Aerobic Exercise (AE) subjects will come in for supervised, aerobic exercise training sessions 5 days a week for 12 weeks. Training will progress from 55% VO2max for week 1 (40 min session), to 60-65% VO2max for week 2 (50 min session), to ~70% VO2max for all other weeks (50 min session). Subjects will perform a warm-up and cool down (~5 min each) that includes stretching exercises. Subjects will wear heart rate monitors during each training session to provide feedback of target heart rate. Intensity, duration, resting and exercise heart rates, and blood pressures will be recorded for each session. Follow-up VO2max tests will be performed at weeks 4 and 8 to monitor progress and adjust AE training intensity.
Behavioral: Aerobic Exercise
12-week supervised aerobic exercise
No Intervention: Control Group
During the 12 week control period, subjects are to maintain their normal, daily-living activities. Control group participants will be given the option to enroll in the AE training group after completion of the original Control group trial period.
- Quantify the change in basal circulating sRAGE after 12-weeks of supervised aerobic exercise training. [ Time Frame: Baseline and 12 weeks ]Serum will be separated from blood samples collected in vacutainer tubes via centrifugation before and after 12-weeks of aerobic exercise training. sRAGE will be quantified in these serum samples via ELISA (Quantikine, Human RAGE Immunoassay) per manufacture's protocol.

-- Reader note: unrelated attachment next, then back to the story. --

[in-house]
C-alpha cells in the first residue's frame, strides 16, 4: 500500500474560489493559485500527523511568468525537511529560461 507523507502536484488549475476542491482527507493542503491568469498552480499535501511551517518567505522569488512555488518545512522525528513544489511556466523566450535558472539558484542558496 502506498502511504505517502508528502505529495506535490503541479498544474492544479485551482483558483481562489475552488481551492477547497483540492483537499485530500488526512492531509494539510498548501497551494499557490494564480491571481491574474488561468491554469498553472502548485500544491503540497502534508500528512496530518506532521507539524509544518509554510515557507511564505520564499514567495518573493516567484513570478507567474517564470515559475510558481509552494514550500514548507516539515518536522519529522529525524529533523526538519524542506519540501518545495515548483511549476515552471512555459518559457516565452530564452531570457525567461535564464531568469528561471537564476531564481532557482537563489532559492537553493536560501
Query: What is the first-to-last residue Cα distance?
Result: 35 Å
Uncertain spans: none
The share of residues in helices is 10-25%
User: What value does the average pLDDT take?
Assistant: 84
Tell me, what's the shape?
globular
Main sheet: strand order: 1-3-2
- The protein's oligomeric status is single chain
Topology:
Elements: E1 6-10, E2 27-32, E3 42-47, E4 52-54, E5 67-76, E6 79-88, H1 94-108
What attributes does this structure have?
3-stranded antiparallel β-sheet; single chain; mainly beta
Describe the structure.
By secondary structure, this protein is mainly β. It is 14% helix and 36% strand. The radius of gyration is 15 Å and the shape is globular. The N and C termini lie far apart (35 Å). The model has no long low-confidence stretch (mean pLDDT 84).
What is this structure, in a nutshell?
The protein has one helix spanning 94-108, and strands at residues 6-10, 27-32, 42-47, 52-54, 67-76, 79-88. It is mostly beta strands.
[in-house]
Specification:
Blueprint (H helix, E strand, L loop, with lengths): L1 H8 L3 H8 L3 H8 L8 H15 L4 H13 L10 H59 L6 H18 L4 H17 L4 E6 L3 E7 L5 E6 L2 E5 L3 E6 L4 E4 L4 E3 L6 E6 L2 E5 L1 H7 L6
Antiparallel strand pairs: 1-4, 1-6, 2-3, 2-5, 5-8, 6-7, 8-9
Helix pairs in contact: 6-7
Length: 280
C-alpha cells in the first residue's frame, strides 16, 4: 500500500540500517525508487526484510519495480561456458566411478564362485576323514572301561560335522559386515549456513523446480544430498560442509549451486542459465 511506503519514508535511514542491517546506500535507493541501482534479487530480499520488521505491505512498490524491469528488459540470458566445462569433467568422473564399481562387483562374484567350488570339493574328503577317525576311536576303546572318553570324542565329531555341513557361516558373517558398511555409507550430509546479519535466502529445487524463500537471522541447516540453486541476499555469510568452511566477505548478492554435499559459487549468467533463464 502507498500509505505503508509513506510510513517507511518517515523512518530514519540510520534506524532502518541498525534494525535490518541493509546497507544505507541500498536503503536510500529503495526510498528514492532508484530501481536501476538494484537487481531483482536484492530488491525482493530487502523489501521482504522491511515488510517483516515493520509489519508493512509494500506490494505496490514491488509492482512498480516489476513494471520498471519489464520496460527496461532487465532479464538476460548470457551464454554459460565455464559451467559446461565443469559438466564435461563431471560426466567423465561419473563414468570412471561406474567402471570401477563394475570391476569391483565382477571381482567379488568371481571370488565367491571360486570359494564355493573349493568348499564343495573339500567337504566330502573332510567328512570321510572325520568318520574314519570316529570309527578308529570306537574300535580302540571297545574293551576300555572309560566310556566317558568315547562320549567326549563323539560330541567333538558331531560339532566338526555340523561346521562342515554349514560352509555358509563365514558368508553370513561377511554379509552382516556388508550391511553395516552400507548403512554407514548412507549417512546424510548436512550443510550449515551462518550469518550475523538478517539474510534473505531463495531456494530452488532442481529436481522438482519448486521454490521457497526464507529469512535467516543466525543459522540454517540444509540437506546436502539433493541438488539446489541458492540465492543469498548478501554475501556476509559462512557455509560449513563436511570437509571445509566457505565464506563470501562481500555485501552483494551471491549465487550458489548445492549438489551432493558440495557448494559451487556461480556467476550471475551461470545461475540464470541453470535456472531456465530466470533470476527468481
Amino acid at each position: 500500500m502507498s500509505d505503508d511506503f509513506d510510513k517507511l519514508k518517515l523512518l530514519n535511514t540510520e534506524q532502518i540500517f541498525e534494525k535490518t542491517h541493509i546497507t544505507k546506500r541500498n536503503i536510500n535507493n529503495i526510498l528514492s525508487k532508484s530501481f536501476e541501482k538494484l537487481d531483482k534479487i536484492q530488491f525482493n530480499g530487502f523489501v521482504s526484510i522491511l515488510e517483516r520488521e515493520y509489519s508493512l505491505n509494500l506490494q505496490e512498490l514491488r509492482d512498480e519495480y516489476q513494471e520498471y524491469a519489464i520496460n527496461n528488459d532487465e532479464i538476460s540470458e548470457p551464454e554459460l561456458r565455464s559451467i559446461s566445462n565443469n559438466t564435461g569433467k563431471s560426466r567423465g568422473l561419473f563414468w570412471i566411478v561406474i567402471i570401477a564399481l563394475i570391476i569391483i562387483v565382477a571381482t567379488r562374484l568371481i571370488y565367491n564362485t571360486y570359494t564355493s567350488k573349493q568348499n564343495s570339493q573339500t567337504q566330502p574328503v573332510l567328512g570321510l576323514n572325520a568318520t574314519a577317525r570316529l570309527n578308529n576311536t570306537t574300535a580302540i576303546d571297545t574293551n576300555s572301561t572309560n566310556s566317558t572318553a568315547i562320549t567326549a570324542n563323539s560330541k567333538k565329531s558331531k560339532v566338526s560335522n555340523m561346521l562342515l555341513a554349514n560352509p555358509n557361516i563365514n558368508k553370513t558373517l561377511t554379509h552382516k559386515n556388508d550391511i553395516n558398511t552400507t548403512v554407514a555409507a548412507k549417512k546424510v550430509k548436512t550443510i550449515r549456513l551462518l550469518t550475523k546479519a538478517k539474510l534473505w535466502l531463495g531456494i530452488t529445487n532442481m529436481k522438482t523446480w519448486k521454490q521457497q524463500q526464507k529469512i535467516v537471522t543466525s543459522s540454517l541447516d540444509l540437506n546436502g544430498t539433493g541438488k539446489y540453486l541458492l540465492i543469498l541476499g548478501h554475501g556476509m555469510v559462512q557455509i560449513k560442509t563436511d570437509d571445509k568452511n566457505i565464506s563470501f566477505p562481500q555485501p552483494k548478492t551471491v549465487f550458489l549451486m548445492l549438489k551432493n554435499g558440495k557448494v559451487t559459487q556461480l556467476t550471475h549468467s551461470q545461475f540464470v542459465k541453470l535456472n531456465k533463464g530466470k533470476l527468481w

- Quantify the change in basal muscle RAGE expression after 12-weeks of supervised aerobic exercise training. [ Time Frame: Baseline and 12 weeks ]Basal biopsy derived skeletal muscle RAGE expression will be determined from the vastus lateralis before and after 12-weeks of aerobic exercise training. RAGE expression will be quantified via Western Blot. Muscle samples (~10 mg) will be homogenized and protein concentration will be determined via BCA assay (Pierce). Samples (20 μg protein) will be diluted in SDS buffer, heated at 85 °C for 5 min, resolved via SDS-PAGE (Bio-Rad Laboratories, Hercules, CA) and transferred to a nitrocellulose or PVDF membrane. Blocking will occur for 1 h and primary antibody (RAGE; Abcam, Cambridge, MA) incubation will occur overnight at 4 °C and quantified vs a standard or total protein.